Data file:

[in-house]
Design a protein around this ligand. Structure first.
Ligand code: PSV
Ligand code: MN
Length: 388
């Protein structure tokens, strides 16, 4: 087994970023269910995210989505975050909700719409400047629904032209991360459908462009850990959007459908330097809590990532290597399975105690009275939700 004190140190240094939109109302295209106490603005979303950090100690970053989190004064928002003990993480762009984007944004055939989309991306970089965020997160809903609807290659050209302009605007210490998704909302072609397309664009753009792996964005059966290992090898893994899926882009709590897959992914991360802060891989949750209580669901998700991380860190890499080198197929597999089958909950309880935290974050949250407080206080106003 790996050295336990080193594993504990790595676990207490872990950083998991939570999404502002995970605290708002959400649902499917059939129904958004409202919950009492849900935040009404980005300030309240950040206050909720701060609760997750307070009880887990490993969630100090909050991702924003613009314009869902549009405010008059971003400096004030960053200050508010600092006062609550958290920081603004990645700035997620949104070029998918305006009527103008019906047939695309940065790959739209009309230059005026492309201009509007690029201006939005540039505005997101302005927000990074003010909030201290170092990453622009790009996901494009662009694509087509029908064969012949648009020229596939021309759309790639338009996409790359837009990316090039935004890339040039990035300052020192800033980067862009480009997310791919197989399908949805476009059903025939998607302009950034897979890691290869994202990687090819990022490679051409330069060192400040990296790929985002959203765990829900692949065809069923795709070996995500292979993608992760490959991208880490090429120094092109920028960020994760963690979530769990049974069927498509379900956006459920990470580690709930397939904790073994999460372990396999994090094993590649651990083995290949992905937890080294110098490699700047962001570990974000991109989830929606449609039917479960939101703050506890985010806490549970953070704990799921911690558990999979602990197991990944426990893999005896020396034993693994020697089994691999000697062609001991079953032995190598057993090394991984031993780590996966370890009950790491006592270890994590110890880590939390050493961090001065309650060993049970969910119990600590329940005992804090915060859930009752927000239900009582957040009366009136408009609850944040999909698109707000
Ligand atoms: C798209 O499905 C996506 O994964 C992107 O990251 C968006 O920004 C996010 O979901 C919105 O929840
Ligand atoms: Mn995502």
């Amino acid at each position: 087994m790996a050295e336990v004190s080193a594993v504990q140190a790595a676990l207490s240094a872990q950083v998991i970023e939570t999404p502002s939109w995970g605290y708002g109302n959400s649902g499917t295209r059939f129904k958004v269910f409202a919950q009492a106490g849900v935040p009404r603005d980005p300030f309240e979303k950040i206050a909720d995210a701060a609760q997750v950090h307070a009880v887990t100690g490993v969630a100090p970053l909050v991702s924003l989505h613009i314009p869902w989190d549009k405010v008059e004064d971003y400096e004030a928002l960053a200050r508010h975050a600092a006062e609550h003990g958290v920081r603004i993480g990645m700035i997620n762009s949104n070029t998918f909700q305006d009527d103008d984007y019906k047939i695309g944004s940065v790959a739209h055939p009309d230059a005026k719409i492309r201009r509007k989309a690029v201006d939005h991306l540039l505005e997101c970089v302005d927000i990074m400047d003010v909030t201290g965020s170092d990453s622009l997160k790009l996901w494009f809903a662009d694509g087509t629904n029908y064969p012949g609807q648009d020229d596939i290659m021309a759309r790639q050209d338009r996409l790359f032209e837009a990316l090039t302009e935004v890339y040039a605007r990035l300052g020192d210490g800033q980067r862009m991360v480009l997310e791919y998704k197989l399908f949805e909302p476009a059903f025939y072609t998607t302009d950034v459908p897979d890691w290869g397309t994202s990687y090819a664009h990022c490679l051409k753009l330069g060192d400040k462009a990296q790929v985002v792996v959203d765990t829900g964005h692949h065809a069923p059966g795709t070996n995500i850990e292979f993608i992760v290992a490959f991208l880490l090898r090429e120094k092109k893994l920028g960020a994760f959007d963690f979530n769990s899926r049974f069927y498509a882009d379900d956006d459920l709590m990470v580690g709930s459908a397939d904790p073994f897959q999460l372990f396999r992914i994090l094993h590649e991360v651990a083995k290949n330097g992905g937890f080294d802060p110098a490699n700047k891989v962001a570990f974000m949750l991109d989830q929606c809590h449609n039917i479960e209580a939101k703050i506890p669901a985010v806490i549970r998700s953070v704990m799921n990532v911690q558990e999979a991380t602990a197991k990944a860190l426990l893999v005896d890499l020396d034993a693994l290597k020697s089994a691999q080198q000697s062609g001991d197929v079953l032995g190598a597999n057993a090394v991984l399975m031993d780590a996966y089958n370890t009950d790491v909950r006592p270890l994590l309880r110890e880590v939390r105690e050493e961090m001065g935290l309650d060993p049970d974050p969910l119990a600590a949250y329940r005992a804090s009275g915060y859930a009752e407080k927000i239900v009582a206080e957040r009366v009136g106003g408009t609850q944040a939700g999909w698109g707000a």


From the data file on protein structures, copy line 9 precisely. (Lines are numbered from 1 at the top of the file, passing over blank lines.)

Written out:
């Amino acid at each position: 087994m790996a050295e336990v004190s080193a594993v504990q140190a790595a676990l207490s240094a872990q950083v998991i970023e939570t999404p502002s939109w995970g605290y708002g109302n959400s649902g499917t295209r059939f129904k958004v269910f409202a919950q009492a106490g849900v935040p009404r603005d980005p300030f309240e979303k950040i206050a909720d995210a701060a609760q997750v950090h307070a009880v887990t100690g490993v969630a100090p970053l909050v991702s924003l989505h613009i314009p869902w989190d549009k405010v008059e004064d971003y400096e004030a928002l960053a200050r508010h975050a600092a006062e609550h003990g958290v920081r603004i993480g990645m700035i997620n762009s949104n070029t998918f909700q305006d009527d103008d984007y019906k047939i695309g944004s940065v790959a739209h055939p009309d230059a005026k719409i492309r201009r509007k989309a690029v201006d939005h991306l540039l505005e997101c970089v302005d927000i990074m400047d003010v909030t201290g965020s170092d990453s622009l997160k790009l996901w494009f809903a662009d694509g087509t629904n029908y064969p012949g609807q648009d020229d596939i290659m021309a759309r790639q050209d338009r996409l790359f032209e837009a990316l090039t302009e935004v890339y040039a605007r990035l300052g020192d210490g800033q980067r862009m991360v480009l997310e791919y998704k197989l399908f949805e909302p476009a059903f025939y072609t998607t302009d950034v459908p897979d890691w290869g397309t994202s990687y090819a664009h990022c490679l051409k753009l330069g060192d400040k462009a990296q790929v985002v792996v959203d765990t829900g964005h692949h065809a069923p059966g795709t070996n995500i850990e292979f993608i992760v290992a490959f991208l880490l090898r090429e120094k092109k893994l920028g960020a994760f959007d963690f979530n769990s899926r049974f069927y498509a882009d379900d956006d459920l709590m990470v580690g709930s459908a397939d904790p073994f897959q999460l372990f396999r992914i994090l094993h590649e991360v651990a083995k290949n330097g992905g937890f080294d802060p110098a490699n700047k891989v962001a570990f974000m949750l991109d989830q929606c809590h449609n039917i479960e209580a939101k703050i506890p669901a985010v806490i549970r998700s953070v704990m799921n990532v911690q558990e999979a991380t602990a197991k990944a860190l426990l893999v005896d890499l020396d034993a693994l290597k020697s089994a691999q080198q000697s062609g001991d197929v079953l032995g190598a597999n057993a090394v991984l399975m031993d780590a996966y089958n370890t009950d790491v909950r006592p270890l994590l309880r110890e880590v939390r105690e050493e961090m001065g935290l309650d060993p049970d974050p969910l119990a600590a949250y329940r005992a804090s009275g915060y859930a009752e407080k927000i239900v009582a206080e957040r009366v009136g106003g408009t609850q944040a939700g999909w698109g707000a």